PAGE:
Ulster were playing with great verve and assurance, though, and within minutes were deep within the Tigers’ 22 again as young wing Ethan McIlroy skipped forward. Nine phases of impactful carrying opened the door for the visitors to then ruthlessly exploit their numerical advantage out wide, as out-half Burns slid in untouched.

Cooney converted exceptionally off the touchline, and by the time Youngs returned from his costly yellow card, the home side were 17-6 behind.

Billy Burns slides in for Ulster's second, as the visitors made Leicester pay when down to 14 men

Billy Burns slides in for Ulster’s second, as the visitors made Leicester pay when down to 14 men

On the half-hour mark, Leicester created a huge opening to get back into things, as Steward executed an exquisite kick after Nadolo had carried hard, forcing Ulster full-back Jacob Stockdale to carry the ball back over his own try-line.

From the resultant five-metre attacking scrum, Leicester forced a dominant penalty but, when deciding to go again at the set-piece, they conceded a decision against the head in an immense defensive moment for Ulster.

The score remained 17-6 at the break, but early into the second period Ulster lost Cooney to a head injury after an accidental collision with Nadolo knocked him out cold.

Moments later, Leicester were over for their opening try of the half as, after Steward had been stopped just short in one corner, back-row Wiese barged over with Cyle Brink on his shoulder on the opposite side of the posts on 44 minutes.

Jasper Wiese crucially scored at the very start of the second half, as the Leicester comeback began in earnest

Jasper Wiese crucially scored at the very start of the second half, as the Leicester comeback began in earnest

Ford converted to make the semi-final a four-point game, before a nervous-looking Ulster kicked out on the full through Stockdale, inviting further pressure.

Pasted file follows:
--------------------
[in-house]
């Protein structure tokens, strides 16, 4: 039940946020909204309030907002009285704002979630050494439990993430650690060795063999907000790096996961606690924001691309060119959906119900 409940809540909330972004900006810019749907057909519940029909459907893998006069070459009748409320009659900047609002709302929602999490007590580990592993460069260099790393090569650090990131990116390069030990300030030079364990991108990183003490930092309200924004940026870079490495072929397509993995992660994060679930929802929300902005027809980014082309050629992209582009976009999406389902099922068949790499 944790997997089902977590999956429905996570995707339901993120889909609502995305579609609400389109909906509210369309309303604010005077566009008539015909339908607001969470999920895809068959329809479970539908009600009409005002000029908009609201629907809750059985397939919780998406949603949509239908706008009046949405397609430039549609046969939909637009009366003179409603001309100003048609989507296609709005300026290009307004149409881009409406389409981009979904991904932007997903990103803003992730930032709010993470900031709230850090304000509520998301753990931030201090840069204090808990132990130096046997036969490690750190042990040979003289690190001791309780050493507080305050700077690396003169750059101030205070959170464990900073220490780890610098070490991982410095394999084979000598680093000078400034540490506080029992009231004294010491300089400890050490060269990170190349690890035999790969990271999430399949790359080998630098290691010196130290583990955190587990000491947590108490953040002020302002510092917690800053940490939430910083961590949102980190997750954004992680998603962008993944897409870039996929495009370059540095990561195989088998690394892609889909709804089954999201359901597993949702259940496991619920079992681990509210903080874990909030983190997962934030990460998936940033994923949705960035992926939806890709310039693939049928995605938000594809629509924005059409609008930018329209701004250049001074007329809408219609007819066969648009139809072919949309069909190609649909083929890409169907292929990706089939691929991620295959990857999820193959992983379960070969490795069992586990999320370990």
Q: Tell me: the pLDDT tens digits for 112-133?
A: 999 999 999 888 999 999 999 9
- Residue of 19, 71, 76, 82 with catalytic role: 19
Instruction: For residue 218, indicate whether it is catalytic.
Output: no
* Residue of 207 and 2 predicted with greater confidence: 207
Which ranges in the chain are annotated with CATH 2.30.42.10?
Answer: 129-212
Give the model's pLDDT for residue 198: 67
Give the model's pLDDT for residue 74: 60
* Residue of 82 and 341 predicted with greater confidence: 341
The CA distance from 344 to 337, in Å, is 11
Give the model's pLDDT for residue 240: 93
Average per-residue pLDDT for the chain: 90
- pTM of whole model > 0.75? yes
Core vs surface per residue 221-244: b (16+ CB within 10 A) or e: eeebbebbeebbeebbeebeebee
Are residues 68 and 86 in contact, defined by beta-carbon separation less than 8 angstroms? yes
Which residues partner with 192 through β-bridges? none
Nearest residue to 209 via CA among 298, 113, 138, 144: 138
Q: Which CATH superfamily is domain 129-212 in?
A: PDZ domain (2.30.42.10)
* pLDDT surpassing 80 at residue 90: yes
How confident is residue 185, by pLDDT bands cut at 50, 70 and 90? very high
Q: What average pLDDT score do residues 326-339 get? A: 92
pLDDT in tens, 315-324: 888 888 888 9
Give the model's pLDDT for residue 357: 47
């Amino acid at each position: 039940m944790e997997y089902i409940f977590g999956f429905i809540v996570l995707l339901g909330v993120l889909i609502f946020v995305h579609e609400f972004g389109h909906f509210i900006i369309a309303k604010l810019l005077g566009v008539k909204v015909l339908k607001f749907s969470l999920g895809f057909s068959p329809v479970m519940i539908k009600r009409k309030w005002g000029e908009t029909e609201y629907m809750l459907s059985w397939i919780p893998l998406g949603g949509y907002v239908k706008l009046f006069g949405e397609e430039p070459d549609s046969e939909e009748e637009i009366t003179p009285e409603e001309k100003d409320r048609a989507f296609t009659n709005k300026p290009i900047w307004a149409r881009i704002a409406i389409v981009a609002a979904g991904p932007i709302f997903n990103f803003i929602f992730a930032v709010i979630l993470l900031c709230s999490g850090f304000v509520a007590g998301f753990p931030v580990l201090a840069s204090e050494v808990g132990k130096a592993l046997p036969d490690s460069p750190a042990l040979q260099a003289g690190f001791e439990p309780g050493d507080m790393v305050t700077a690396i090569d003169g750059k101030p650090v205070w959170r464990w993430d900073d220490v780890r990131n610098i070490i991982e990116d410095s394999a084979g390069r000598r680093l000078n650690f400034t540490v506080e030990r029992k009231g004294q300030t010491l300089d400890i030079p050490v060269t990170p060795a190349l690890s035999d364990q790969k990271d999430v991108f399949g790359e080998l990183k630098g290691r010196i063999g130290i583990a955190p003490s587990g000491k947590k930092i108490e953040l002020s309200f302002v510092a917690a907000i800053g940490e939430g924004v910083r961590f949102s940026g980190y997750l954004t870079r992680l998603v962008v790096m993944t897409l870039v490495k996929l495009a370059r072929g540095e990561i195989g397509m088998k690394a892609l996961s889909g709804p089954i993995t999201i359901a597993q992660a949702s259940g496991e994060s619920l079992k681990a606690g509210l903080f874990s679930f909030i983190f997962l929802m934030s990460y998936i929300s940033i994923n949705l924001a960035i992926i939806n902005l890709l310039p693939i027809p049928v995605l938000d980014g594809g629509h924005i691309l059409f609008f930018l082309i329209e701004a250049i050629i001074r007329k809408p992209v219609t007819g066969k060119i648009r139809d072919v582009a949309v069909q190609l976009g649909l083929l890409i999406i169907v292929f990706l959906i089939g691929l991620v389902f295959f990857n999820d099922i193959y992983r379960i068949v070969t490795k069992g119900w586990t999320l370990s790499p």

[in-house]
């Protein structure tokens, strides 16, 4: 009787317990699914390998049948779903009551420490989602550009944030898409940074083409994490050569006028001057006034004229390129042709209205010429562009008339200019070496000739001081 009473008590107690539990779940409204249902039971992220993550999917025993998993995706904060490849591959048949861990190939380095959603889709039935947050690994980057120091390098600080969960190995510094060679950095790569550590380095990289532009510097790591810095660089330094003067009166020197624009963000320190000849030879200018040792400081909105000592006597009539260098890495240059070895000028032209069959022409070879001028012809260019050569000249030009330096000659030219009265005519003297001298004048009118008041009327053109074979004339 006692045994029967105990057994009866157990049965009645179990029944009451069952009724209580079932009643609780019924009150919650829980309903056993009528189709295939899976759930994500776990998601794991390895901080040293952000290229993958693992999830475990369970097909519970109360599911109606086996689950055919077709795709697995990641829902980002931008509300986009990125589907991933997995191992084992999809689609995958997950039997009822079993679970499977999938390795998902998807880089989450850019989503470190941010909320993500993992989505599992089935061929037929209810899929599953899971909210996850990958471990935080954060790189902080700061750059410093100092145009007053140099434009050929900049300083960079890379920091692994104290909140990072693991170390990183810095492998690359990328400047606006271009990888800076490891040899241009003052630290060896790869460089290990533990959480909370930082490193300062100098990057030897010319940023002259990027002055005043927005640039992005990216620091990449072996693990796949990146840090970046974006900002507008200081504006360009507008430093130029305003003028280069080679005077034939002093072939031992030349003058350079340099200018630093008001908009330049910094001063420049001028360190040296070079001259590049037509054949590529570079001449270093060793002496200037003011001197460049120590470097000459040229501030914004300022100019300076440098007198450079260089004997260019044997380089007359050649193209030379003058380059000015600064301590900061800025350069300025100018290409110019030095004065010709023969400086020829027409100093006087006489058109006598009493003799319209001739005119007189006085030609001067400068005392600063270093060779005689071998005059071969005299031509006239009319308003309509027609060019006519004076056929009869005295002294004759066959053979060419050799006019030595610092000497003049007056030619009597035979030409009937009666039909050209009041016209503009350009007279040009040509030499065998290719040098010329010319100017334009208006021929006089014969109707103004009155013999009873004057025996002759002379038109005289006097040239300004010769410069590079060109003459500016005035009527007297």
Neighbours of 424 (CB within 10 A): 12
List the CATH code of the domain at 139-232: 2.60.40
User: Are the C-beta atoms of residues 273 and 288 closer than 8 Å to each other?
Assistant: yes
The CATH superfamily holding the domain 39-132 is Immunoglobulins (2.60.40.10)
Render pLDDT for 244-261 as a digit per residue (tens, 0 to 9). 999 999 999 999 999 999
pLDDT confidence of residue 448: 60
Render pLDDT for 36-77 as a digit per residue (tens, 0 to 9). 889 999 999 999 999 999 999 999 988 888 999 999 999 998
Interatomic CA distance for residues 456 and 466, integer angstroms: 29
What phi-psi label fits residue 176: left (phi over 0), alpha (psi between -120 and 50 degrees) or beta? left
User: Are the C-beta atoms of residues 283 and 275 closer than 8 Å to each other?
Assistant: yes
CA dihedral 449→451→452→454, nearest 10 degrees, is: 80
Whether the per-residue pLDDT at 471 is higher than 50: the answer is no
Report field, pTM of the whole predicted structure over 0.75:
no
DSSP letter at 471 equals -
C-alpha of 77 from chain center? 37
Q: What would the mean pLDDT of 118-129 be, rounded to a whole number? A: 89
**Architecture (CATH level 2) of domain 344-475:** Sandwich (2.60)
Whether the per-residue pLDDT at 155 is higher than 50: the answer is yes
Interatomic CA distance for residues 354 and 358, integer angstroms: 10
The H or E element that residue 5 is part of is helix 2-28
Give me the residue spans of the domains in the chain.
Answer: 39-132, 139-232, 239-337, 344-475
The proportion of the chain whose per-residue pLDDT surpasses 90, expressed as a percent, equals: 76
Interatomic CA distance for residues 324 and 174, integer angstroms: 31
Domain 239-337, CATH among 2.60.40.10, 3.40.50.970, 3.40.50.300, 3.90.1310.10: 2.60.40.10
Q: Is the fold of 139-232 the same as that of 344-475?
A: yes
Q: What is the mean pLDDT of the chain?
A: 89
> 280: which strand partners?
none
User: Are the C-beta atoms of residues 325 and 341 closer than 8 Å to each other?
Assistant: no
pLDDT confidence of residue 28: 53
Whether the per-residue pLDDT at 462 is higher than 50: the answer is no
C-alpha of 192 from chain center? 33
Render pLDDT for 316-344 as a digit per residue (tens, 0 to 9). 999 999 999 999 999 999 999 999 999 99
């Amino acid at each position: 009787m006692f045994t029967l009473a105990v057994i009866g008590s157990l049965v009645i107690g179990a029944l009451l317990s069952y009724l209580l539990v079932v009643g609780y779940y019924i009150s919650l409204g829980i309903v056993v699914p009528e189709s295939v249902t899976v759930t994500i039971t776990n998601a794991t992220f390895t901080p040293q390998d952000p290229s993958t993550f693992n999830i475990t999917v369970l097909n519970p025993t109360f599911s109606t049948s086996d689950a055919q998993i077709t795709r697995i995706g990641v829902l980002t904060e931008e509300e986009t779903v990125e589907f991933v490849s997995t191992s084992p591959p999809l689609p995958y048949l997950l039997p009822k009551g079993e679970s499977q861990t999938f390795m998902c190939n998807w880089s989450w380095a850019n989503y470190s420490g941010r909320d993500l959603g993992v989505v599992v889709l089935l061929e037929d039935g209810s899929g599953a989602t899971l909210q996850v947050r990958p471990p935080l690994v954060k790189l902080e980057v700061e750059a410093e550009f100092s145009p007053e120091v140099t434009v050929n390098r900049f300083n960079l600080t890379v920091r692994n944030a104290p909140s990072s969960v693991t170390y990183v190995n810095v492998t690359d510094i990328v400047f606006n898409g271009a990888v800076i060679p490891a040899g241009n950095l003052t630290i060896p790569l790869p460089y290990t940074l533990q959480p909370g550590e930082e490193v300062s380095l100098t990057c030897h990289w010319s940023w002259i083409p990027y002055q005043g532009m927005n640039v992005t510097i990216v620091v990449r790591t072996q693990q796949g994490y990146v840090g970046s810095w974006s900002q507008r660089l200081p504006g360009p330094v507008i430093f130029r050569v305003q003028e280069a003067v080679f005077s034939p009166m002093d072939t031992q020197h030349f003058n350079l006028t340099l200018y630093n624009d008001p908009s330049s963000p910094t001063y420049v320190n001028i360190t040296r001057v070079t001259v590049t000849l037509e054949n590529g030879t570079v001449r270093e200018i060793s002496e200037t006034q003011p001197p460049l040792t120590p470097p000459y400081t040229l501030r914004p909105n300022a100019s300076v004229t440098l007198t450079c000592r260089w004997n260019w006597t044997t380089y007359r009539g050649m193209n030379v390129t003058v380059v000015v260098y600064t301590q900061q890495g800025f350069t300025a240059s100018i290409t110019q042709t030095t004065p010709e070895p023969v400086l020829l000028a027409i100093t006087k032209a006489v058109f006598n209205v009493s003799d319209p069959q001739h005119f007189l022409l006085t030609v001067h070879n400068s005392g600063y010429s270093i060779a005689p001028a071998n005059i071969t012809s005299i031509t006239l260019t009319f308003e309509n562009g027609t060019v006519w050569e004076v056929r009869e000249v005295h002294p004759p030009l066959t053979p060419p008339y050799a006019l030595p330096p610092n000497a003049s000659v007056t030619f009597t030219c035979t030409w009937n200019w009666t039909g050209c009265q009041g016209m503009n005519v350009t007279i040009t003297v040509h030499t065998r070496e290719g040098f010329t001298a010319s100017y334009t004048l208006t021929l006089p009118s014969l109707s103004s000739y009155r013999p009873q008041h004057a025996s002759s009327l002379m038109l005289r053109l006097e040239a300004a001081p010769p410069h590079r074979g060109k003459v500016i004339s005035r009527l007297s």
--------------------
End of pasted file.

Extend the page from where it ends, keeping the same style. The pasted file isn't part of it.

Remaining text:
A penalty for offside handed Ford a simple effort off the tee, and the England No 10 duly obliged to reduce the arrears further and leave things 17-16 to the away side.

When Nadolo jackalled to win his second breakdown penalty of the match, the Tigers were soon back in prime rugby real estate, from where they scored their second try as Genge dived over out wide courtesy of a gorgeous flat Ford pass.

Ellis Genge ran in a try for the lead as the Tigers ran riot in the third quarter

Ellis Genge ran in a try for the lead as the Tigers ran riot in the third quarter

When Ford expertly converted from the just off the touchline, the Tigers had turned an 11-point deficit into a six-point lead just 15 minutes into the second period.

After 58 minutes, the by-now irresistible Tigers moved further ahead when Ford slotted over a drop goal as Ulster’s second-half malaise continued.

When Ulster did finally get going past the hour mark with their first foray forward, Tigers centre Matias Moroni was on hand to force a priceless breakdown penalty deep within his own 22.

Nick Timoney's sensational effort gave Ulster hope late in the second half

Nick Timoney’s sensational effort gave Ulster hope late in the second half

Into the final 12 minutes, a cheap penalty against Tigers replacement Tomas Lavanini for obstruction handed Ulster territory, preceding No 8 Timoney’s stunning solo try, breaking and sprinting in from 40 metres. Michael Lowry then converted wonderfully to set-up a tantalising last 10.

A monumental error from replacement Will Addison was to prove fatal, however, as the full-back spilled a high ball under little pressure back into his own 22, before kicking out on the full.

From the consequent lineout, Porter would score in the corner after the Tigers had stretched the Ulster defence to breaking point, and with that the game was done and dusted.